Brad Boivin announced Monday he is withdrawing from the Republican primary in Wisconsin’s 1st Congressional District and endorsing Bryan Steil.

The announcement came in an email. It leaves five candidates in the primary: Paul Nehlen, Nick Polce, Jeremy Ryan, Kevin Steen and Steil.

Boivin’s name remains on the primary ballot, however.

The winner will face the winner of the Democratic primary and one independent candidate in the November elections.

The winner in November replaces Rep. Paul Ryan, who is not running after nearly 20 years in office.

Boivin said in the announcement that “given the current state of the race, and in the spirit of good stewardship, I have decided to withdraw my candidacy.”

Boivin, of Delafield, is a clinical psychologist and a Janesville native.

“I decided to step down because I quite simply could not compete with the support and donations that come with an endorsement from the speaker of the House,” Boivin told The Gazette.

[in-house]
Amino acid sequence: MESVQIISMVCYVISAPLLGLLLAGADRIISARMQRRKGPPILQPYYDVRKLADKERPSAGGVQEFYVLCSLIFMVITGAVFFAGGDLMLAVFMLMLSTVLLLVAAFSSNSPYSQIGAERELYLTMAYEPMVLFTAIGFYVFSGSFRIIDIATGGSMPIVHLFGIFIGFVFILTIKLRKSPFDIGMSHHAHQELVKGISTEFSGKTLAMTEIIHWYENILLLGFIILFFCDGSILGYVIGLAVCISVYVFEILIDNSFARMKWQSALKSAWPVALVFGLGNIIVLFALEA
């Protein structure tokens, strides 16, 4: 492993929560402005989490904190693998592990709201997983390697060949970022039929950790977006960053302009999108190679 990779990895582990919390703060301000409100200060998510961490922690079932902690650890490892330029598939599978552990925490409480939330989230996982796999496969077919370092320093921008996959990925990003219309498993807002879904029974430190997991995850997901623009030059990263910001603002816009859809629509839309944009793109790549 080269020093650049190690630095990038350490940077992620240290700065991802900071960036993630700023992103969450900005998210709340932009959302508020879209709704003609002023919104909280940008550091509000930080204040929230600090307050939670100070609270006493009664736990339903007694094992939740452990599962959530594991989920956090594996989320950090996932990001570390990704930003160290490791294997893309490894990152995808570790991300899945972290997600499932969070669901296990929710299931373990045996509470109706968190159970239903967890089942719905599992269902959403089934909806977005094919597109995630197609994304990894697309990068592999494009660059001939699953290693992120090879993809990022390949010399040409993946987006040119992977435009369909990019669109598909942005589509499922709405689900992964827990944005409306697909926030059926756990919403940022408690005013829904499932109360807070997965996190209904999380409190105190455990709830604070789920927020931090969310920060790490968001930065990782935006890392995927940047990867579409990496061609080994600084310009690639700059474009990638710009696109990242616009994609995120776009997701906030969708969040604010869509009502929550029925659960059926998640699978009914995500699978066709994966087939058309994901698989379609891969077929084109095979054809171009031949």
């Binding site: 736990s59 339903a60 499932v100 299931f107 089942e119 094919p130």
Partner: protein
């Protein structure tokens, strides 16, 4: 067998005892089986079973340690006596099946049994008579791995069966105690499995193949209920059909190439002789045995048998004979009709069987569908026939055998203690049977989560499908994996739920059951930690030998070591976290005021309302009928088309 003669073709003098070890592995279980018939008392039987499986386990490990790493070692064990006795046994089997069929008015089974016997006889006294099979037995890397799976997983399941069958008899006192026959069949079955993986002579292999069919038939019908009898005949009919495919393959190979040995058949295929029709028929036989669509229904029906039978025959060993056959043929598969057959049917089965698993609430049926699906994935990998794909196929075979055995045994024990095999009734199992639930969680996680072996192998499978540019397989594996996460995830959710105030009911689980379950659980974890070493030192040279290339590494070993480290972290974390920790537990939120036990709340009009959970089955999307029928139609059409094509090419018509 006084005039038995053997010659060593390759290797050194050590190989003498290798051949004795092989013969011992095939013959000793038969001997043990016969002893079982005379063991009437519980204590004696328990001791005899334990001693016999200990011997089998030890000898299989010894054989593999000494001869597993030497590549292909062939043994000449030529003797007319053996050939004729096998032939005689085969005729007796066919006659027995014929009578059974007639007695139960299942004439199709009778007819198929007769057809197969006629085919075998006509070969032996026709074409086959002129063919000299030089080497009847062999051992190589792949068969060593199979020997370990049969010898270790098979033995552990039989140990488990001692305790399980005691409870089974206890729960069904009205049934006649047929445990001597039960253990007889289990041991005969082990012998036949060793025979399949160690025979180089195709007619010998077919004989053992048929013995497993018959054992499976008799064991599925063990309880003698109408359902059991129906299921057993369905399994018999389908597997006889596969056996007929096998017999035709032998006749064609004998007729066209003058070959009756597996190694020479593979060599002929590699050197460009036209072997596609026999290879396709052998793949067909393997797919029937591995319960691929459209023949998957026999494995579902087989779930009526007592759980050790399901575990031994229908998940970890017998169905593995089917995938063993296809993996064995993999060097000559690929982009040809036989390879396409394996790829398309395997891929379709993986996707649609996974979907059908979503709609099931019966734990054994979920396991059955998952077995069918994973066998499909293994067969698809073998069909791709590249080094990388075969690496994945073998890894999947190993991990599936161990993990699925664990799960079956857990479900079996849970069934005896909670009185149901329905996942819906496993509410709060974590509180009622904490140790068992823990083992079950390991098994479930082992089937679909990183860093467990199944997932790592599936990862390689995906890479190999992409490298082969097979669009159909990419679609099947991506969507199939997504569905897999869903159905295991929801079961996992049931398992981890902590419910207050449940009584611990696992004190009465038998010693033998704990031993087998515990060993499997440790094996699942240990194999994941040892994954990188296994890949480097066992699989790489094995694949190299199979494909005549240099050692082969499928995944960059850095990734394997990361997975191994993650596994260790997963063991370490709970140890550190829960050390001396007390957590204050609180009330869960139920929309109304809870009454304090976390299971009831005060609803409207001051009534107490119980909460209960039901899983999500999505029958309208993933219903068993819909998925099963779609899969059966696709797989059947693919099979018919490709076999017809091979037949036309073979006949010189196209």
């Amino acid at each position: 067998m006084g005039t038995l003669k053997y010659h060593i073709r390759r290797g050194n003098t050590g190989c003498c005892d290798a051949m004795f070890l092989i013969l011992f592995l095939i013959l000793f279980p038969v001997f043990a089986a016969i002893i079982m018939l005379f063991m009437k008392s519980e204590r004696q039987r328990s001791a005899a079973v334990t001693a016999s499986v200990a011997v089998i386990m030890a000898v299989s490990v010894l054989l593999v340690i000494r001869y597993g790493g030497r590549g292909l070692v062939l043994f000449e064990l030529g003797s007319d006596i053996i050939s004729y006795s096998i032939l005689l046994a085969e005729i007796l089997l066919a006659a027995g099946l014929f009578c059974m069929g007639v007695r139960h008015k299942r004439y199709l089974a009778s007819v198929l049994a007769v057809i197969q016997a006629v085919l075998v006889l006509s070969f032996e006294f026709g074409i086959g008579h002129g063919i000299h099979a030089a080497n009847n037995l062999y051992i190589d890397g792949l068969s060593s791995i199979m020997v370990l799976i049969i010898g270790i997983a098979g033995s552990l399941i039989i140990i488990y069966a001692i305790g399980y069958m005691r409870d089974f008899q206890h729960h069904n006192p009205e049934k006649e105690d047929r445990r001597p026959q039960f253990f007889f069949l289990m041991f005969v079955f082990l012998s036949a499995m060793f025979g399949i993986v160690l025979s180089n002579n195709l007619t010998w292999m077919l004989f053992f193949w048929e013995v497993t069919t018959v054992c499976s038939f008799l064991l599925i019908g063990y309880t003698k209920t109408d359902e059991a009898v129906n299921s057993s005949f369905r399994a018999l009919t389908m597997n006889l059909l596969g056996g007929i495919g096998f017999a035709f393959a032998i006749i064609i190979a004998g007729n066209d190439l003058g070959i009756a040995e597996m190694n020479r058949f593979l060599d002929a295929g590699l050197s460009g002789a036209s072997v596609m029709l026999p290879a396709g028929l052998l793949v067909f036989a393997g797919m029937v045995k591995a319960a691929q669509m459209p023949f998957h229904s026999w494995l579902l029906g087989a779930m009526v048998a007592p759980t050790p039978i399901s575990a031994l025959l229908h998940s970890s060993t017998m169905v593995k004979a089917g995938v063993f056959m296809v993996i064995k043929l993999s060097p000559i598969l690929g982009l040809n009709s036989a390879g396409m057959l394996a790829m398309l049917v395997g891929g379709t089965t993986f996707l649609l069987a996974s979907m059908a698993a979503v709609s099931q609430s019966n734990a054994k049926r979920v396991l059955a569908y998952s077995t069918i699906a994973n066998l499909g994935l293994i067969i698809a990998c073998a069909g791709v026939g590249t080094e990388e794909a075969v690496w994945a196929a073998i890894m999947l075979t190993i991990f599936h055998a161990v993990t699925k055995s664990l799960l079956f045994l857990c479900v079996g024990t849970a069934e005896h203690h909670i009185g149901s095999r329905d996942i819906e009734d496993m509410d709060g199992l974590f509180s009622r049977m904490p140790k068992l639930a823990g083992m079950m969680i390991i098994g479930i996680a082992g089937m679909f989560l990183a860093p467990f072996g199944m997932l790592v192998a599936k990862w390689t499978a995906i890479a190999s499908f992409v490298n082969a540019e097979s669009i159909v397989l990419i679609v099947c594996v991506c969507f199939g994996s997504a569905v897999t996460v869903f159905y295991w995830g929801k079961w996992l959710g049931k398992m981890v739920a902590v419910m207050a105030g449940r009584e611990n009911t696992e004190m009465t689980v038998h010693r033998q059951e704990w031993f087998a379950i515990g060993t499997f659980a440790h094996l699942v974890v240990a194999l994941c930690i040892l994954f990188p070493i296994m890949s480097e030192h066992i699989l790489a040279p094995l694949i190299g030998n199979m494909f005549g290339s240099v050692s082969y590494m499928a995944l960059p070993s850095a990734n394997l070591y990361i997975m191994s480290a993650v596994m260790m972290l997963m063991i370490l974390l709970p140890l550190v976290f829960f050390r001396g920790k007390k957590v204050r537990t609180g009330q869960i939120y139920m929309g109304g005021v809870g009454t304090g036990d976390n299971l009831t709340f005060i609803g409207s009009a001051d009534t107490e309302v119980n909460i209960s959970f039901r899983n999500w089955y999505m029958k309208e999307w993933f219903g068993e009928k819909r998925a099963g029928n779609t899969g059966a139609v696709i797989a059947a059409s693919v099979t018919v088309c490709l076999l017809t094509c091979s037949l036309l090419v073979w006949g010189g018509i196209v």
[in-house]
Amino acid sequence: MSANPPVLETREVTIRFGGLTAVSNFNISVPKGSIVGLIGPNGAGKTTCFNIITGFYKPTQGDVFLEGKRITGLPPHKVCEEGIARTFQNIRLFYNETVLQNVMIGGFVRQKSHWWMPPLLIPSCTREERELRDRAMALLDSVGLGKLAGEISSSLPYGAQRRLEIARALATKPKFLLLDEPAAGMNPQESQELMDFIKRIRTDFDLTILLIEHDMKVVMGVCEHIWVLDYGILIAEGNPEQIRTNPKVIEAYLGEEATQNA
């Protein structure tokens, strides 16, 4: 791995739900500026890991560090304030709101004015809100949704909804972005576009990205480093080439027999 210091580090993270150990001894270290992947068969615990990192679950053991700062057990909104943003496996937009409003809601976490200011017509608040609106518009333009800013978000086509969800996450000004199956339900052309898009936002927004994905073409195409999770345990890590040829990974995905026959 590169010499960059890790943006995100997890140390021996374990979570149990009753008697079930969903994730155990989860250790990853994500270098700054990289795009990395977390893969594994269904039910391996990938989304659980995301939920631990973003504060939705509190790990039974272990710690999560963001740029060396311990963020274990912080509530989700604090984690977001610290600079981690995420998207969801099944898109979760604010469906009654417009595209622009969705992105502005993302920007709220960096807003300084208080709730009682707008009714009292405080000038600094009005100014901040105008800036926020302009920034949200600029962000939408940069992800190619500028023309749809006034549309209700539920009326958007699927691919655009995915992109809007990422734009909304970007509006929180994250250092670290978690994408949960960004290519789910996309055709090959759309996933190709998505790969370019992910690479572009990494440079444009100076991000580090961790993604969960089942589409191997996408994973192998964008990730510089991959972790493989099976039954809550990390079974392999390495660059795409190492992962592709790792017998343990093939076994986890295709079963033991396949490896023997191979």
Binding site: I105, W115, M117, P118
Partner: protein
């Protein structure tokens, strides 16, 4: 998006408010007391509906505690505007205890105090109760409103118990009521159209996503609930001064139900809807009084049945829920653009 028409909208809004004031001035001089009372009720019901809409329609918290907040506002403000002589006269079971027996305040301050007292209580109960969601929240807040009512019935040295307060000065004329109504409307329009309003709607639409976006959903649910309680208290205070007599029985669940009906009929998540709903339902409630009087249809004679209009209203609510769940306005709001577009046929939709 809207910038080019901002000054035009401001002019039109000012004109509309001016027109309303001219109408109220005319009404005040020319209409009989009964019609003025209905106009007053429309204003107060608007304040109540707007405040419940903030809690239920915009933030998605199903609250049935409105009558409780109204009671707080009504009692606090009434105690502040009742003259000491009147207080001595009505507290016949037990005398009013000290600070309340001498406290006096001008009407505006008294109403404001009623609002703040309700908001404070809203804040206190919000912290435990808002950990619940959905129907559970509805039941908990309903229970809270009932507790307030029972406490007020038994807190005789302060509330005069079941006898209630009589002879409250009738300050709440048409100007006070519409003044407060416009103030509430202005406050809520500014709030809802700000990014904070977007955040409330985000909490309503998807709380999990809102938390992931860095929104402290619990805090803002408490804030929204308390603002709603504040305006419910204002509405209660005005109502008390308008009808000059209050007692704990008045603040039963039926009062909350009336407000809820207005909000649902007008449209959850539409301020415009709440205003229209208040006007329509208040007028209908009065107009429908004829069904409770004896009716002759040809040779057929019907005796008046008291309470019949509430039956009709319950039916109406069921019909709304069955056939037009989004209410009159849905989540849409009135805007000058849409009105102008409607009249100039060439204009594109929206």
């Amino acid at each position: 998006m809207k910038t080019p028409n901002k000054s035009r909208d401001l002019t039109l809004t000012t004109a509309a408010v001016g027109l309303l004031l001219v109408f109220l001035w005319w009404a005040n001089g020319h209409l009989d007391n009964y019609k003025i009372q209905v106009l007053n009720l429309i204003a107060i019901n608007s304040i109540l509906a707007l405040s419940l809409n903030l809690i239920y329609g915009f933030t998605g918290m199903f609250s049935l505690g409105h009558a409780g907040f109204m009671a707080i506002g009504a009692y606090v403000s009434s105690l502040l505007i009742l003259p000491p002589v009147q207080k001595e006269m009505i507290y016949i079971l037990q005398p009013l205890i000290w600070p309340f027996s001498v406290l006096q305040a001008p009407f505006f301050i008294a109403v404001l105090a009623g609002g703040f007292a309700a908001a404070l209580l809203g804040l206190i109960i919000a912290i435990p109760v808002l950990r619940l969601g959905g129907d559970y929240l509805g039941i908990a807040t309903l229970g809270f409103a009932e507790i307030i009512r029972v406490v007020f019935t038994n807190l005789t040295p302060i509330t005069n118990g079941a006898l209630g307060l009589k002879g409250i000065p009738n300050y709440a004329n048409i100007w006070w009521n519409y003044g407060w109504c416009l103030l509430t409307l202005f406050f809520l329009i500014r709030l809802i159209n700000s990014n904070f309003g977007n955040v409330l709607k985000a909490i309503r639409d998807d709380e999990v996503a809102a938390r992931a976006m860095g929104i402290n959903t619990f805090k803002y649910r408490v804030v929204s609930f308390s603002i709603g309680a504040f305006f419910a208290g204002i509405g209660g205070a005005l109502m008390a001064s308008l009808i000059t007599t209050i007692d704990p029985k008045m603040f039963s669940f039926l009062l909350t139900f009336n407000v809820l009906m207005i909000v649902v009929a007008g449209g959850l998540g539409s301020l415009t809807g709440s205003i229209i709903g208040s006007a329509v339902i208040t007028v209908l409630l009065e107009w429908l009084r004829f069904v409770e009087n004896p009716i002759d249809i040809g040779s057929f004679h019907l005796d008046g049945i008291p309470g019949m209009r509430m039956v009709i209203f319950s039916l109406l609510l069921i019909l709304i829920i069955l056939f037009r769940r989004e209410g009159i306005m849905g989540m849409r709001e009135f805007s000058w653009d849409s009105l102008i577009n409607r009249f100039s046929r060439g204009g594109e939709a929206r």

“After hundreds of phone calls to donors, and with most conversations going something like, ‘I will be supporting whoever Paul endorses,’ I had to be realistic about the possibility of staying competitive moving forward,” Boivin said. “The reality is, you need a lot of money to win an election, and my campaign, unfortunately, fell short.”

Boivin said Steil “is the one remaining candidate best suited to represent the people of the district, and I will do what I can to contribute to the strength and viability of his campaign and to help build a Red Wall against the much-talked-about Blue Wave this November.”

Steil issued his own statement, saying: “Brad Boivin is a champion on addressing the opioid addiction epidemic. Dr. Boivin worked with state lawmakers on a new law to increase access to addiction treatment. His campaign for Congress continued to bring this issue to the forefront. In Congress, I will fight the opioid epidemic that is affecting so many families in Wisconsin. I’m glad to have Dr. Boivin’s endorsement and support.”

Boivin thanked supporters and said he will “continue to advocate for the issues I believe in and will continue to work with state and federal representatives and agencies to inform sound public policy.”

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